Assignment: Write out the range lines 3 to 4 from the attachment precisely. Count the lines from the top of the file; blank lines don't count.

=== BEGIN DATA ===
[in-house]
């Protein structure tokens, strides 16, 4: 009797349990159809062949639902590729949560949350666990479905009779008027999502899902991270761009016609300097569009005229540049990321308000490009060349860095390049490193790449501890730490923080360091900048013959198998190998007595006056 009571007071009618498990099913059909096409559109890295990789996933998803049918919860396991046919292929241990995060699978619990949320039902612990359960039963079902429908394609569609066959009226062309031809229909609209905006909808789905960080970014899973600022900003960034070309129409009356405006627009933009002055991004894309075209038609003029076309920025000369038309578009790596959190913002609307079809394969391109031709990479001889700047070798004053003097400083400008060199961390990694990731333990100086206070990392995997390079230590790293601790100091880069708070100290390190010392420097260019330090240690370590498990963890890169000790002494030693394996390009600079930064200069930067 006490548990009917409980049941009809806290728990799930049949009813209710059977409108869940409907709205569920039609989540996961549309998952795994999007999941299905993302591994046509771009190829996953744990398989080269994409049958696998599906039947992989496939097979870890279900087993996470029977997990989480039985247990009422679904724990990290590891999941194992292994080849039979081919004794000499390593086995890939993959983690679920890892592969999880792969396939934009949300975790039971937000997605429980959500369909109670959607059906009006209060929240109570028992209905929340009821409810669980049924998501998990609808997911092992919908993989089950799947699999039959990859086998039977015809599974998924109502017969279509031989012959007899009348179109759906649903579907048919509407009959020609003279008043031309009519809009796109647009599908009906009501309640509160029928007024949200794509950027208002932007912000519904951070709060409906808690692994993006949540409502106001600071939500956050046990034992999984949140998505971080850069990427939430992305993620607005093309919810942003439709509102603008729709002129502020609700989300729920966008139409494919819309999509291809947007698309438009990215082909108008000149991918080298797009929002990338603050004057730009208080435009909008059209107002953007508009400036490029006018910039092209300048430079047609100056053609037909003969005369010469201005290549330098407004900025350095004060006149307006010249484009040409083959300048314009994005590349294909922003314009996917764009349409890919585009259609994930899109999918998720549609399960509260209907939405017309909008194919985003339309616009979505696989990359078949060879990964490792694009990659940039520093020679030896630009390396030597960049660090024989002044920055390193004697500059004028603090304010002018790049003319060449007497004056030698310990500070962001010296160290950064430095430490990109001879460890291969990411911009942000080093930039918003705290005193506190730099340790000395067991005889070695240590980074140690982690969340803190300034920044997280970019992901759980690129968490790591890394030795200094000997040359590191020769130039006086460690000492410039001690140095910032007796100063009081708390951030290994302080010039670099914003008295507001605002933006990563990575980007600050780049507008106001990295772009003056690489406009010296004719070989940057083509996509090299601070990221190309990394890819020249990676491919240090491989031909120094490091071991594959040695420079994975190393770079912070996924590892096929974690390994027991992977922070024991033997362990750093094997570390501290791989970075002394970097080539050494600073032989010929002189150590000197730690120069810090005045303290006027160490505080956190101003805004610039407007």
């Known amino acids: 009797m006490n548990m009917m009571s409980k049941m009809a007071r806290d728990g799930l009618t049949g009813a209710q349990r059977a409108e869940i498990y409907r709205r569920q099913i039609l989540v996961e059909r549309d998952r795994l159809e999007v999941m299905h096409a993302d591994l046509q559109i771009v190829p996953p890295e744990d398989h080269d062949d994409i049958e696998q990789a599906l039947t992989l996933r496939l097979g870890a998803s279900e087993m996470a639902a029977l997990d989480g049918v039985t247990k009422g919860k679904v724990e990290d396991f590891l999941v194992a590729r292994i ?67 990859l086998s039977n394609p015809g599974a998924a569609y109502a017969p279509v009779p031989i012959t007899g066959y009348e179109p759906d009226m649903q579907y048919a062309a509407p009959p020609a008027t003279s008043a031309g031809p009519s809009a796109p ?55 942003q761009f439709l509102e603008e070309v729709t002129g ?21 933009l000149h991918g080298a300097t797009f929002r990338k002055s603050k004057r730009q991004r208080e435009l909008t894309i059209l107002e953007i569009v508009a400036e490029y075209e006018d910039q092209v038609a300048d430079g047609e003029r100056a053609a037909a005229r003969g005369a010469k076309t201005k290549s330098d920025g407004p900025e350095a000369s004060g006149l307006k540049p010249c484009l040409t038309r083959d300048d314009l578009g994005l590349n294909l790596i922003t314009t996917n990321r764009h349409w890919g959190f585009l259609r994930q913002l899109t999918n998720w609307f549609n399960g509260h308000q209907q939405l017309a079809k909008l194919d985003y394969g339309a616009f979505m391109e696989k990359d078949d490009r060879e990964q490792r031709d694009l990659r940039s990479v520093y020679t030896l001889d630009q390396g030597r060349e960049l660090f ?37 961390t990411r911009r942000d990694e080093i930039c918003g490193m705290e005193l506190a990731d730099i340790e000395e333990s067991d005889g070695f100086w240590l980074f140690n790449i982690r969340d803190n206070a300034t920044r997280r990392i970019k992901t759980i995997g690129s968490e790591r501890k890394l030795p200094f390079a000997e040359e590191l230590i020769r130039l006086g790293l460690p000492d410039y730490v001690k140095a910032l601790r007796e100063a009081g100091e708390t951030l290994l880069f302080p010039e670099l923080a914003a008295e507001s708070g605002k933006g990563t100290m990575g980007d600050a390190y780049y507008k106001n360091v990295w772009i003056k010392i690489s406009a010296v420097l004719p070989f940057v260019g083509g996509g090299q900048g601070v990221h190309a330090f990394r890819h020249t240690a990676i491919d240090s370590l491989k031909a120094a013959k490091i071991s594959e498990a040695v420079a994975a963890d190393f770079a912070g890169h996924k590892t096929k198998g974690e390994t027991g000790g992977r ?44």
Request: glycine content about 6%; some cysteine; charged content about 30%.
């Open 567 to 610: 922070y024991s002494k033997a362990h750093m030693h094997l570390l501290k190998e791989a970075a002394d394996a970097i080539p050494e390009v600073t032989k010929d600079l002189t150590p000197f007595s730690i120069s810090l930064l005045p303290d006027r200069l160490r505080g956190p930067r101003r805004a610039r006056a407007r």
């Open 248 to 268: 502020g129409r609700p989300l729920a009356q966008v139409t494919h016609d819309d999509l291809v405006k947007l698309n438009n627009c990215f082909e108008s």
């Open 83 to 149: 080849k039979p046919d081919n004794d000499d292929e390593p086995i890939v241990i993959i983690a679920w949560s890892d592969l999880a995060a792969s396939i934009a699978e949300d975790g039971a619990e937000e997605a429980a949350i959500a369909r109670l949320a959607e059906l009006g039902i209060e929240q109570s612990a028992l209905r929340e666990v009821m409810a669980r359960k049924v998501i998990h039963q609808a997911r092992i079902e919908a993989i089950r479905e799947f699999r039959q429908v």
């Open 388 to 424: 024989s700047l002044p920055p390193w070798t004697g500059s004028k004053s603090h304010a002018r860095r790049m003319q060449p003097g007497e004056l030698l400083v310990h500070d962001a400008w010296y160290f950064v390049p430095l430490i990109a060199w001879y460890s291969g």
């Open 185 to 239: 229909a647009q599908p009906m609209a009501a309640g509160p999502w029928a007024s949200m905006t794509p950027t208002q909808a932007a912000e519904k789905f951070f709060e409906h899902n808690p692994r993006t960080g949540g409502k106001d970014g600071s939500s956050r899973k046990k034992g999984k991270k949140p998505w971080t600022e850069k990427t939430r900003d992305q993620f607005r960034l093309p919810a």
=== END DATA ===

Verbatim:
């Known amino acids: 009797m006490n548990m009917m009571s409980k049941m009809a007071r806290d728990g799930l009618t049949g009813a209710q349990r059977a409108e869940i498990y409907r709205r569920q099913i039609l989540v996961e059909r549309d998952r795994l159809e999007v999941m299905h096409a993302d591994l046509q559109i771009v190829p996953p890295e744990d398989h080269d062949d994409i049958e696998q990789a599906l039947t992989l996933r496939l097979g870890a998803s279900e087993m996470a639902a029977l997990d989480g049918v039985t247990k009422g919860k679904v724990e990290d396991f590891l999941v194992a590729r292994i ?67 990859l086998s039977n394609p015809g599974a998924a569609y109502a017969p279509v009779p031989i012959t007899g066959y009348e179109p759906d009226m649903q579907y048919a062309a509407p009959p020609a008027t003279s008043a031309g031809p009519s809009a796109p ?55 942003q761009f439709l509102e603008e070309v729709t002129g ?21 933009l000149h991918g080298a300097t797009f929002r990338k002055s603050k004057r730009q991004r208080e435009l909008t894309i059209l107002e953007i569009v508009a400036e490029y075209e006018d910039q092209v038609a300048d430079g047609e003029r100056a053609a037909a005229r003969g005369a010469k076309t201005k290549s330098d920025g407004p900025e350095a000369s004060g006149l307006k540049p010249c484009l040409t038309r083959d300048d314009l578009g994005l590349n294909l790596i922003t314009t996917n990321r764009h349409w890919g959190f585009l259609r994930q913002l899109t999918n998720w609307f549609n399960g509260h308000q209907q939405l017309a079809k909008l194919d985003y394969g339309a616009f979505m391109e696989k990359d078949d490009r060879e990964q490792r031709d694009l990659r940039s990479v520093y020679t030896l001889d630009q390396g030597r060349e960049l660090f ?37 961390t990411r911009r942000d990694e080093i930039c918003g490193m705290e005193l506190a990731d730099i340790e000395e333990s067991d005889g070695f100086w240590l980074f140690n790449i982690r969340d803190n206070a300034t920044r997280r990392i970019k992901t759980i995997g690129s968490e790591r501890k890394l030795p200094f390079a000997e040359e590191l230590i020769r130039l006086g790293l460690p000492d410039y730490v001690k140095a910032l601790r007796e100063a009081g100091e708390t951030l290994l880069f302080p010039e670099l923080a914003a008295e507001s708070g605002k933006g990563t100290m990575g980007d600050a390190y780049y507008k106001n360091v990295w772009i003056k010392i690489s406009a010296v420097l004719p070989f940057v260019g083509g996509g090299q900048g601070v990221h190309a330090f990394r890819h020249t240690a990676i491919d240090s370590l491989k031909a120094a013959k490091i071991s594959e498990a040695v420079a994975a963890d190393f770079a912070g890169h996924k590892t096929k198998g974690e390994t027991g000790g992977r ?44």
Request: glycine content about 6%; some cysteine; charged content about 30%.